been fully established, Mr. Bell would have had an opportunity to recover
control of his vehicle and get back onto the highway without incident.
Richard R. Church, a licensed engineer, testified as the State's expert witness
with regard to highway design, maintenance, and accident reconstruction. He
testified that Route 96, proceeding north to the accident site, consisted of
approximately 1000 feet of flat, straight roadway, with good sight distance, and
that the pavement was clearly marked. He further testified that there was no
prior accident history in this location, and that the tree involved in this
accident was a mature, healthy tree, with no sign of disease.
Mr. Church also testified that the manuals and guidelines relied upon by
claimant's expert pertain only to new construction or major reconstruction of
highways. He testified that the most recent reconstruction of Route 96 in this
area had occurred long before the concept of a "clear zone", and the standards
pertaining thereto, had been developed.
The Court agrees that liability against the State cannot attach based upon
allegations that this roadway is not in compliance with design standards which
were adopted subsequent to its last major reconstruction. The Court's inquiry,
however, does not end here. The State's duty to inspect and maintain its
roadways extends to conditions adjacent to the roadway, which could reasonably
be expected to result in injury (
Chalk v State of New York
, 147 AD2d 810). This duty includes an
obligation on the State to provide for the safety of those who leave its
roadways by providing appropriate recovery areas, where possible, so as to allow
even a driver who may be negligent in leaving the roadway to recover control of
his or her vehicle and prevent an accident (Pontello v County of
; Bottalico v State of New York
Furthermore, there is no question that the concept of a roadside recovery area,
or a clear zone, had been well established prior to this accident. Guiderail
specifically recommends the establishment of a 30-foot clear zone on an
"existing or proposed" roadway. This publication further recommends that
whenever possible, trees of more than four inches in diameter located within the
roadside clear zone should be removed (Guiderail III
, Item IV[B]).
In this claim, the Court finds that the location of this tree, situated at two
feet eight inches from the end of the shoulder, and seven feet two inches from
the edge of the travel lane of Route 96, violated the State's duty to provide a
reasonably safe clear zone, or roadside recovery area. Even though this tree
was not diseased or decayed, the massive size of this tree (anywhere from two
feet two inches to three feet in diameter) provided the State with at least
constructive, if not actual, notice of this potentially dangerous condition.
Based upon its size and location, it was certainly foreseeable that a vehicle
leaving the roadway in this area could collide with the tree and that serious
injury could result.
The Court finds it significant that the State Department of Transportation was
aware of the "clear zone" concept (having specifically addressed it in its
publication), and that a 10 foot clear zone was in
existence in the vicinity of this accident, except for the very tree which was
struck by the Wellin vehicle. It is equally significant that Guiderail
recommended removal within the clear zone of all trees (considered
fixed objects) with diameters in excess of four inches, yet the Department
permitted this tree to remain, for no apparent reason, even though it had a
diameter of anywhere from six to nine times the maximum recommended width.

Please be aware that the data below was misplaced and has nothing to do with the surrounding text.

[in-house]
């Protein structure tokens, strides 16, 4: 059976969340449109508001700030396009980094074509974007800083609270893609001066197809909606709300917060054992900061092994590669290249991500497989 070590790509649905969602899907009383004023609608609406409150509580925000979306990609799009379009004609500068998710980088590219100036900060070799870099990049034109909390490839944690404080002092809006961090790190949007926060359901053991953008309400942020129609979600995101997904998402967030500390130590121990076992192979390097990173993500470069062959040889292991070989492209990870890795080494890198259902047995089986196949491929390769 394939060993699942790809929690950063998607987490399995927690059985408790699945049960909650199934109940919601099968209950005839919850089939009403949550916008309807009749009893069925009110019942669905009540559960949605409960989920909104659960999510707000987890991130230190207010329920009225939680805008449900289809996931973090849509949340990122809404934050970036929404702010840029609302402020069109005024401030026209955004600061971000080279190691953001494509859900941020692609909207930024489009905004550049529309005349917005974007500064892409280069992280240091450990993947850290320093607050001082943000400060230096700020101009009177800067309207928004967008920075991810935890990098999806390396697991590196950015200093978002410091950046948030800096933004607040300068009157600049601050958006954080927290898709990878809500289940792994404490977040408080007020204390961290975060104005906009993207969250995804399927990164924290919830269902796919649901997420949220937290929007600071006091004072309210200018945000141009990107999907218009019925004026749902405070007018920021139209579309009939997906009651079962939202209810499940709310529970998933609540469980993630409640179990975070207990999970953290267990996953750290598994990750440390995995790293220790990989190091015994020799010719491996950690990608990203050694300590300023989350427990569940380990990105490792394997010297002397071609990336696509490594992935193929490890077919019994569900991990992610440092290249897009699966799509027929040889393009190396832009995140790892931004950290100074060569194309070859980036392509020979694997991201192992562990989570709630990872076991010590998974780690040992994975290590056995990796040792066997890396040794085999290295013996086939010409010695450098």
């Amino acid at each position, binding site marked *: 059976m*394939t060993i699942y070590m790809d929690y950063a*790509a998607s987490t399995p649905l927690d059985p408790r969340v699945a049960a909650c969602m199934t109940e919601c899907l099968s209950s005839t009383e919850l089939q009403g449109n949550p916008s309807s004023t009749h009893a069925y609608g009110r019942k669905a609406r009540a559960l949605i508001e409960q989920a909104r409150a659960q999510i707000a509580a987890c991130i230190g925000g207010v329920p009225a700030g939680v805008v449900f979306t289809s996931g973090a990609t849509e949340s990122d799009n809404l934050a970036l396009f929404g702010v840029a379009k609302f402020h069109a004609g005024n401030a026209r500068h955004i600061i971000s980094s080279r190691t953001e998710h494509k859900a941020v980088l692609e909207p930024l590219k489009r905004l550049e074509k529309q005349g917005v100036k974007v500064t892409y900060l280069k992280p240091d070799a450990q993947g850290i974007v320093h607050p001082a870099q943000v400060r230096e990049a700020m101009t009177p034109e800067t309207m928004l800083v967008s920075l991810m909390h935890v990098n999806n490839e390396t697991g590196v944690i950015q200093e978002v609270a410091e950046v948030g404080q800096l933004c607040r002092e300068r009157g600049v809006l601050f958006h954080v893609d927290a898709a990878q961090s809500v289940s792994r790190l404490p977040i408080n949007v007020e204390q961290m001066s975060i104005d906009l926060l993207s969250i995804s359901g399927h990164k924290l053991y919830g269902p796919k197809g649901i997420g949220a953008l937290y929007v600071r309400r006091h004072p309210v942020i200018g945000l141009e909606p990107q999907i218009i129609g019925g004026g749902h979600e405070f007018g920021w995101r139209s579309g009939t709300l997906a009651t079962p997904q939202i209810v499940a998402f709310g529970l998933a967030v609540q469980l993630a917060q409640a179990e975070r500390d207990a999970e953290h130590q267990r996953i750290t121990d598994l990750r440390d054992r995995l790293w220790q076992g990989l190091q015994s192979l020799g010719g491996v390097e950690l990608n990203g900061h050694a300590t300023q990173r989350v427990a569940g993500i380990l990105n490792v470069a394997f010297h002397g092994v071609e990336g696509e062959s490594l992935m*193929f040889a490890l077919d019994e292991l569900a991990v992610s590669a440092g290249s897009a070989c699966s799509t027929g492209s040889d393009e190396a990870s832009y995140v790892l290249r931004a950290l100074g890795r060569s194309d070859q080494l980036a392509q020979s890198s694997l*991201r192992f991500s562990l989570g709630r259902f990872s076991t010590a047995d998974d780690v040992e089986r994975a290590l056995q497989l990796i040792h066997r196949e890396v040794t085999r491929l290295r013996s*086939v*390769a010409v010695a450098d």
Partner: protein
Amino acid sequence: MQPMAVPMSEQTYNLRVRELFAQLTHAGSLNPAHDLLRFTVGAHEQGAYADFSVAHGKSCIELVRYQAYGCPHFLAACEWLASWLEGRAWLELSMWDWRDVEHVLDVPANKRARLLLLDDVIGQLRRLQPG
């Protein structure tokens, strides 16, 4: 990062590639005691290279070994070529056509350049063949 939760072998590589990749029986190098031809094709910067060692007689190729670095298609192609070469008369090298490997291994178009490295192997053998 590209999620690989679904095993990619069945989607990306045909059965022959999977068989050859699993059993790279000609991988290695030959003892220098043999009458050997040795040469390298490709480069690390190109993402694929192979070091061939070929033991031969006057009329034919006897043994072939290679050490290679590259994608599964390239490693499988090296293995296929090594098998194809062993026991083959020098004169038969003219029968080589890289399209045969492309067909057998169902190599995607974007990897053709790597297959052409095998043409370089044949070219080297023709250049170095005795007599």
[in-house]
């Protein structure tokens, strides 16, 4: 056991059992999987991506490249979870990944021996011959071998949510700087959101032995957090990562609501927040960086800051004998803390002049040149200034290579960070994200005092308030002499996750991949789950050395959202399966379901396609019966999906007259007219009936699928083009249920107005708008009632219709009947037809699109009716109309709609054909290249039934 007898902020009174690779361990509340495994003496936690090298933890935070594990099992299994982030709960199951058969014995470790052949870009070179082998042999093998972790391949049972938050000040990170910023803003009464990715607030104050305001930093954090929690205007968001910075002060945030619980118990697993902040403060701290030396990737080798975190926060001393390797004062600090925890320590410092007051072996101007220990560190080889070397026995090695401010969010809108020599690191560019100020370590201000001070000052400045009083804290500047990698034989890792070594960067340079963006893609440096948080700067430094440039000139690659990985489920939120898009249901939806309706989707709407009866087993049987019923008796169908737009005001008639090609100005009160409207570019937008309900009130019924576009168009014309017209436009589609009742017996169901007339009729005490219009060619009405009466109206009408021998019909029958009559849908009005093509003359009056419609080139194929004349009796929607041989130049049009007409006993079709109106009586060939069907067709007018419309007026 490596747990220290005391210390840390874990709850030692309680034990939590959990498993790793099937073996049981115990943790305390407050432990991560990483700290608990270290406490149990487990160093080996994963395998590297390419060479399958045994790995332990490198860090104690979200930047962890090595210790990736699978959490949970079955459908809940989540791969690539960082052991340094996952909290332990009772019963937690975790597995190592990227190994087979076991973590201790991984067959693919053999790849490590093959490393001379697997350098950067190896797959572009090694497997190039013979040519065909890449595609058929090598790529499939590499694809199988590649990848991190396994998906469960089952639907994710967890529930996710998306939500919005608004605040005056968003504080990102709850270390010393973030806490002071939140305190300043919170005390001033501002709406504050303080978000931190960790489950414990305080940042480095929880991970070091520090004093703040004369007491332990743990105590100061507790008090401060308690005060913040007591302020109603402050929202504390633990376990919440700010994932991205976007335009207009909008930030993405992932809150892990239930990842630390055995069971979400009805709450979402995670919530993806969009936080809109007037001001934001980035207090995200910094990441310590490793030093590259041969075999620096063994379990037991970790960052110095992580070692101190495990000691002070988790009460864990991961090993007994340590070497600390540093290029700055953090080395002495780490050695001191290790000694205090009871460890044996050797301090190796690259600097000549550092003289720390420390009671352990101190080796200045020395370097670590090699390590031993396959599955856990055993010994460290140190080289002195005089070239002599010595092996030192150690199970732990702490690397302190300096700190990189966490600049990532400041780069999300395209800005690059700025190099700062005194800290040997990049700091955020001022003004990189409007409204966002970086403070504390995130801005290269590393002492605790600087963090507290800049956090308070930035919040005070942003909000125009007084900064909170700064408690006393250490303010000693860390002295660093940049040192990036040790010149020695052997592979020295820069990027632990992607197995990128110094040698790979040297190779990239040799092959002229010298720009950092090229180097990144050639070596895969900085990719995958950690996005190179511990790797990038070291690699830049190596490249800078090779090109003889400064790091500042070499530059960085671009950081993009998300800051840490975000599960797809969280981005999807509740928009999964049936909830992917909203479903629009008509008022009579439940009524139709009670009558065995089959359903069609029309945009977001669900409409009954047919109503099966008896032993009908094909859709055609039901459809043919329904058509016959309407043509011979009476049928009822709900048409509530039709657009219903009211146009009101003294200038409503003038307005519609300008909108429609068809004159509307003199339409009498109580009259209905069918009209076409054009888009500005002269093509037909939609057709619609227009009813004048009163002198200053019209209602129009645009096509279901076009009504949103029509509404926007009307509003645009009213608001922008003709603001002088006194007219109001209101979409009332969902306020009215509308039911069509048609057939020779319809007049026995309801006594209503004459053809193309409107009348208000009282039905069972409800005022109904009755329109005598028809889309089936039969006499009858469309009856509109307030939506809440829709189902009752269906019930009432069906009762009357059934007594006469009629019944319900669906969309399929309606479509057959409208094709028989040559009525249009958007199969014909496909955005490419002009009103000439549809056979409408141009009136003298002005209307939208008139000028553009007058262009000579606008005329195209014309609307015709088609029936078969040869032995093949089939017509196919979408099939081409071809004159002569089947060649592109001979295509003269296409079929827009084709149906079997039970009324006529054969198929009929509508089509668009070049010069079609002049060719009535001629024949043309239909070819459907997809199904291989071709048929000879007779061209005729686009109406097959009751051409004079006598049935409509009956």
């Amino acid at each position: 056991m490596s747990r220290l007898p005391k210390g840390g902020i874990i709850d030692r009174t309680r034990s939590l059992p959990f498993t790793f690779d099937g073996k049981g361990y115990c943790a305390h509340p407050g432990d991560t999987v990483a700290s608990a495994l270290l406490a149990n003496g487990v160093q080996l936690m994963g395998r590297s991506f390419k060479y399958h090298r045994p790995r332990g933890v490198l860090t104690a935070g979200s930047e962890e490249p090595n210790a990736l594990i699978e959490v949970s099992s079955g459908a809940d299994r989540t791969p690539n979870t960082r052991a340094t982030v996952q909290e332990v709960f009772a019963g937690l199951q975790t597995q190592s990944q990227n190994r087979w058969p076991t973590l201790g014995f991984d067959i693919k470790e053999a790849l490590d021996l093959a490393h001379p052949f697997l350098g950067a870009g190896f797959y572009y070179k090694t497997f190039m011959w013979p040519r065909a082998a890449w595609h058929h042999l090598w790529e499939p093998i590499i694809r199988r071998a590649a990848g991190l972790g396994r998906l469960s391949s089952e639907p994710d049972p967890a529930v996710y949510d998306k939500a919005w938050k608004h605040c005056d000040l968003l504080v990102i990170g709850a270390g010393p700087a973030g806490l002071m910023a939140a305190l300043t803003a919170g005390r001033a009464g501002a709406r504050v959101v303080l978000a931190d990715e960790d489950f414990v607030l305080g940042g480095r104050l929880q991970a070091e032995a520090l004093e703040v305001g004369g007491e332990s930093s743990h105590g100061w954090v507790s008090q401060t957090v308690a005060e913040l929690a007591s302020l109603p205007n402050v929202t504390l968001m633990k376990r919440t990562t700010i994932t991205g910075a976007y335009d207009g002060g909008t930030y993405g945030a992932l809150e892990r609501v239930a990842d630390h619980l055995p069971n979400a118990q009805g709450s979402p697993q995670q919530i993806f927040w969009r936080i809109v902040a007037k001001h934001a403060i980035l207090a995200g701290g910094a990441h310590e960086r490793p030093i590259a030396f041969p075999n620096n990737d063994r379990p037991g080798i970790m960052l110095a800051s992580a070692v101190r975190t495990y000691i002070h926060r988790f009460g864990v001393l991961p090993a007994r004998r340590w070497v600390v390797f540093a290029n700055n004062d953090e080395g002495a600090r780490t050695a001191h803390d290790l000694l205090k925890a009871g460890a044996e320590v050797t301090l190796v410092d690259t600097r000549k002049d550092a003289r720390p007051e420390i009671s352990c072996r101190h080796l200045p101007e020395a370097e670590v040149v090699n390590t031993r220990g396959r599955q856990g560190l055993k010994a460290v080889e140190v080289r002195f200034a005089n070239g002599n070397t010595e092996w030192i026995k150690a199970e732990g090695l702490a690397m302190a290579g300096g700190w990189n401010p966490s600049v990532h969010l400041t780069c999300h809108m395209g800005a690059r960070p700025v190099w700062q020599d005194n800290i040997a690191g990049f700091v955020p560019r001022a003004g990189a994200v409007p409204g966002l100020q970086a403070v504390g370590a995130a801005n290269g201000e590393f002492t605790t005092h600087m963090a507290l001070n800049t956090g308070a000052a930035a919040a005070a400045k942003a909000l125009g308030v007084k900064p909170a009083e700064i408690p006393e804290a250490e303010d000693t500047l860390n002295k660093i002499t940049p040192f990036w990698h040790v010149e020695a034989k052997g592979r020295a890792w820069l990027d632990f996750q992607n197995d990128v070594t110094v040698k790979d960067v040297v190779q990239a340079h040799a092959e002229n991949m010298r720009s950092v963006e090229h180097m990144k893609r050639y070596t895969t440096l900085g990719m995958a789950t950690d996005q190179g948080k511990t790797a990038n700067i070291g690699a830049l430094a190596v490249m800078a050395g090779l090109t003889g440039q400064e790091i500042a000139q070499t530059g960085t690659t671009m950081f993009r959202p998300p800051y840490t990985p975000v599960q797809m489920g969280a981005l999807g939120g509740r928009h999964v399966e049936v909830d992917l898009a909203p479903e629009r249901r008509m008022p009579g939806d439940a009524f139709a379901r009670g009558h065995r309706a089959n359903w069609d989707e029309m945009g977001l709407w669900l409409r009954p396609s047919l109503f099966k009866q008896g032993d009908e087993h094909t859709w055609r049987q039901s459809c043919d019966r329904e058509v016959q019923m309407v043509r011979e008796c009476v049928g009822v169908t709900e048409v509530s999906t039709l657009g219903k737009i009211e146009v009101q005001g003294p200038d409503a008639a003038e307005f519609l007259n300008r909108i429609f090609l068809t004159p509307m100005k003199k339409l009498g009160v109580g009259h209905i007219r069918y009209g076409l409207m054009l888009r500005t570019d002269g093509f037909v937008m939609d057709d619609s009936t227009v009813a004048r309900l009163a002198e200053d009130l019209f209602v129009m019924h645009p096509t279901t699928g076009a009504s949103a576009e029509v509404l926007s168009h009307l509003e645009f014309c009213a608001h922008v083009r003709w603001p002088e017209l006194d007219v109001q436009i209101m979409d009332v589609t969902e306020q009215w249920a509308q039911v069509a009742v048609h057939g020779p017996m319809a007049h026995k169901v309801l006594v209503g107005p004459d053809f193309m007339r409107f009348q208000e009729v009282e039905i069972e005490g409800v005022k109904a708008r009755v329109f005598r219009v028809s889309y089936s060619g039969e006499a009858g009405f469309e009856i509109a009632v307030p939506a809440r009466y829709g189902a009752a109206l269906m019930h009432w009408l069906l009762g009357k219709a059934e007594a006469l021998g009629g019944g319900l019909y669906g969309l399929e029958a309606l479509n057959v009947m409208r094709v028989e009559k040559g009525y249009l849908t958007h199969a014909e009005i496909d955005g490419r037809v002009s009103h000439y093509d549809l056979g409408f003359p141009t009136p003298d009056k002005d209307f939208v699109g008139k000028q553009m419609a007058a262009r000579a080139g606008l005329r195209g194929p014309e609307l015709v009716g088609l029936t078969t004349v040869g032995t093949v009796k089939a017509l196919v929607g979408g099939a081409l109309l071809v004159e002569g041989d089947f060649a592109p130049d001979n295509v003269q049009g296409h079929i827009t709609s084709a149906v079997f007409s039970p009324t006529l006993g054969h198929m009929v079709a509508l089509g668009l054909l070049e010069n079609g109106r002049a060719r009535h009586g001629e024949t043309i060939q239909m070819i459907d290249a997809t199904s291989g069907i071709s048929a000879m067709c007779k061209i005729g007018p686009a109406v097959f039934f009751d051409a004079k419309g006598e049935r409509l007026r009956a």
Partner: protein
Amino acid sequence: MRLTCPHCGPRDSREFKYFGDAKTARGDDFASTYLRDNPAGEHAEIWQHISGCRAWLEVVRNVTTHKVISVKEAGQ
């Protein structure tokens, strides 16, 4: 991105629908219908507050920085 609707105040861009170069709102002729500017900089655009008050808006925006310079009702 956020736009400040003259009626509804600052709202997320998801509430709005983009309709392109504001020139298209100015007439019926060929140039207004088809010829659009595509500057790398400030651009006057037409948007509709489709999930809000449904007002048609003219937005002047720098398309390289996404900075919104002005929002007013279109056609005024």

Furthermore, there was no testimony or any other evidence presented at trial to
suggest that the State had considered removing the tree, but had decided against
it based upon any overriding local or other concerns or objections.
The Court therefore finds that the State breached its duty to provide a
reasonably safe highway by failing to remove this tree, or otherwise protect the
traveling public from colliding with it.
The State contends, however, that the negligence of Mr. Bell in the operation
of claimant's decedent's vehicle was a superseding cause which should relieve
the State from any liability in this claim, regardless of any finding of
negligence in the maintenance of its roadways.
However, an "intervening act may not serve as a superseding cause, and relieve
an actor of responsibility, where the risk of the intervening act occurring is
the very same risk which renders the actor negligent." (
Derdiarian v Felix Contr. Corp.
, 51 NY2d 308, 316). In this case, the
very concept of a clear zone or roadside recovery area is to protect motorists
and their passengers from serious injury once they have left the traveled
roadway, regardless of the reason which caused the vehicle to leave the roadway.
In other words, the negligence of Mr. Bell in the operation of claimant's
decedent's vehicle, which caused the vehicle to leave the roadway, created
precisely the risk which the State had a duty to guard against, i.e., a
foreseeable, off-the-road driver.
Furthermore, based upon the testimony of Ronald Campbell, the eyewitness to the
accident, as well as the testimony of John Curatolo, claimant's accident
reconstruction expert, the Court finds that at the point where Mr. Bell left the
highway, he had no time to react and avoid colliding with the tree.
Accordingly, the Court must find that the State breached its duty to provide an
adequate clear zone in this claim, and that this failure constituted a proximate
cause of the accident which took the life of Ms. Wellin. The Court also finds
that the State had constructive, if not actual, notice of this condition and
failed to take appropriate action to remedy the dangerous condition. The State
must therefore be found fully liable for this accident and must respond in
The Clerk of the Court is directed to enter an interlocutory judgment on the
issue of liability in accordance with this Decision. The Court will set this
matter down for a trial on the issue of damages as soon as practicable.
Any motions not heretofore ruled upon are hereby denied.
LET INTERLOCUTORY JUDGMENT BE ENTERED ACCORDINGLY.